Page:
EDITOR’S CHOICE: MOVIEMAKING IN HOLLYWOOD’S CLASSICAL PERIOD WAS COLOSSALLY COMPLEX, BACKBREAKINGLY DIFFICULT, OBSCENELY EXPENSIVE—AND IT ALMOST ALWAYS FAILED.
The movies made during the studio era—what the cineastes have dubbed “the classical Hollywood cinema”—are, along with jazz, America’s best creative work from the late 1920s to about 1950. But although those pictures are revered, they’re contested. Products of a system run by five vertically integrated companies, they spark ardent and surprisingly nasty debates—about the relationships between art and commerce, convention and innovation, individual and collaborative effort, administrative constraint and creative freedom. These boil down to a single argument: Were the great pictures made because of, or despite, that system?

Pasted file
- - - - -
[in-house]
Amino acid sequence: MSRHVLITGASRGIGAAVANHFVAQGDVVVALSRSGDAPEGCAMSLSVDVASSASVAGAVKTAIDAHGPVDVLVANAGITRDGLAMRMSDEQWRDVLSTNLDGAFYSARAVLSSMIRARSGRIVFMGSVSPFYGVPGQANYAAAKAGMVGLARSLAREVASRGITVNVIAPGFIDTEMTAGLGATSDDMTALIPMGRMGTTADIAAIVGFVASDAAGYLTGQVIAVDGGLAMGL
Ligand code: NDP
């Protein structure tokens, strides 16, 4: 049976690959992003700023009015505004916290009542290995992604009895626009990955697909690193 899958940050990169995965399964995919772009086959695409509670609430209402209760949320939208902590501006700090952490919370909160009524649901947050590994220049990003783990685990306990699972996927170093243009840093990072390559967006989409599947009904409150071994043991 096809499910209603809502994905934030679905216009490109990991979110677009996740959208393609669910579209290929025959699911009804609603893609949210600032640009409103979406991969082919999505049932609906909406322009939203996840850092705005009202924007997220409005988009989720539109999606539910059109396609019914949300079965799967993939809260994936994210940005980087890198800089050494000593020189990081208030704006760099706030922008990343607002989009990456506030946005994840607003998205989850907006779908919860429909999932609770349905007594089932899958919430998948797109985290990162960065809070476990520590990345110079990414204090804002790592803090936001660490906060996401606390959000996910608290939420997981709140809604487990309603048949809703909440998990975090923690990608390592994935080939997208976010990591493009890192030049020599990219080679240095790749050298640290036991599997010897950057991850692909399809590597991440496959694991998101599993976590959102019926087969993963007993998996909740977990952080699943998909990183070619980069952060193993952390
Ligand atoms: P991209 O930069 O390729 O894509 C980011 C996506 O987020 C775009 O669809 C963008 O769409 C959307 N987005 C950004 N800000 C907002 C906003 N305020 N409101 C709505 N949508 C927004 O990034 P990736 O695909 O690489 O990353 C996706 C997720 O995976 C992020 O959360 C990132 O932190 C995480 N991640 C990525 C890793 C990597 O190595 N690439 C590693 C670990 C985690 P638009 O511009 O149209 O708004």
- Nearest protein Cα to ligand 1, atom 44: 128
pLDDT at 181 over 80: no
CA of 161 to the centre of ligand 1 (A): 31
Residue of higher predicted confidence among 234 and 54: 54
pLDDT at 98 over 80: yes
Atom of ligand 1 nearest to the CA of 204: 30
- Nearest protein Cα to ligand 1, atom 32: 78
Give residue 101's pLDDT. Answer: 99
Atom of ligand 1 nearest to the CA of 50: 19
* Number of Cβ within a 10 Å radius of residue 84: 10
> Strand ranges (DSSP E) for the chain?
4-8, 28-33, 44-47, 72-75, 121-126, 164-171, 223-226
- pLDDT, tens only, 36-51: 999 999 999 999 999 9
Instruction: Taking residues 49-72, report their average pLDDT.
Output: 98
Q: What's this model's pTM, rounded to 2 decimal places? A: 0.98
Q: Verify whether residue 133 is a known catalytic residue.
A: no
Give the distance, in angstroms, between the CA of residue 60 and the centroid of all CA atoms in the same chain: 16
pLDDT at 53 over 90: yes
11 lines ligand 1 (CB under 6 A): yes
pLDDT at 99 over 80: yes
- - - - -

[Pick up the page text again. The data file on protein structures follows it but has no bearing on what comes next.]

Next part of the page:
To be sure, plenty in these books could be used in a hackneyed indictment of the studios as fiendish machines that stifled individual creativity, talent, and vision. More important, any Hollywood history illuminates the dichotomy between those movies that the system most highly prized and those we love now, raising some doubts about the much-vaunted “genius of the system.” MGM under its production head and later special-projects producer Irving Thalberg (Fitzgerald’s model for The Last Tycoon) was the most factory-like and systematized studio, with the biggest and most shimmering collection of stars. When Jeanine Basinger, in The Star Machine, and Marc Norman, in What Happens Next: A History of American Screenwriting, expatiate about the methods and practices of “the studios,” they’re usually describing processes that only MGM had the organizational wherewithal to realize fully. Its luxe “product” was considered Hollywood’s best. But many of its luminaries (Norma Shearer, say) and its self-important “prestige” pictures (Rose-Marie, Romeo and Juliet) long ago lost their magic; glamour, unlike style, is inherently ephemeral. True, the mystique of Metro’s greatest star, Garbo, remains undiminished. But for the most part, those pictures Hollywood thought would endure (Metro’s lofty movies from the 1930s, Warner Brothers’ ponderous “artistically ambitious” Paul Muni biopics of Socially Progressive men) are now far overshadowed by the studio era’s stylish entertainments, whether rollicking (My Man Godfrey), effervescent (Trouble in Paradise), light-headedly lovely (the Fred and Ginger movies, the highest and purest “art” Hollywood ever produced), hard-boiled (Double Indemnity), or high-trash melodramatic (Dark Victory)—movies no one thought would be watched in 10 years, let alone 70.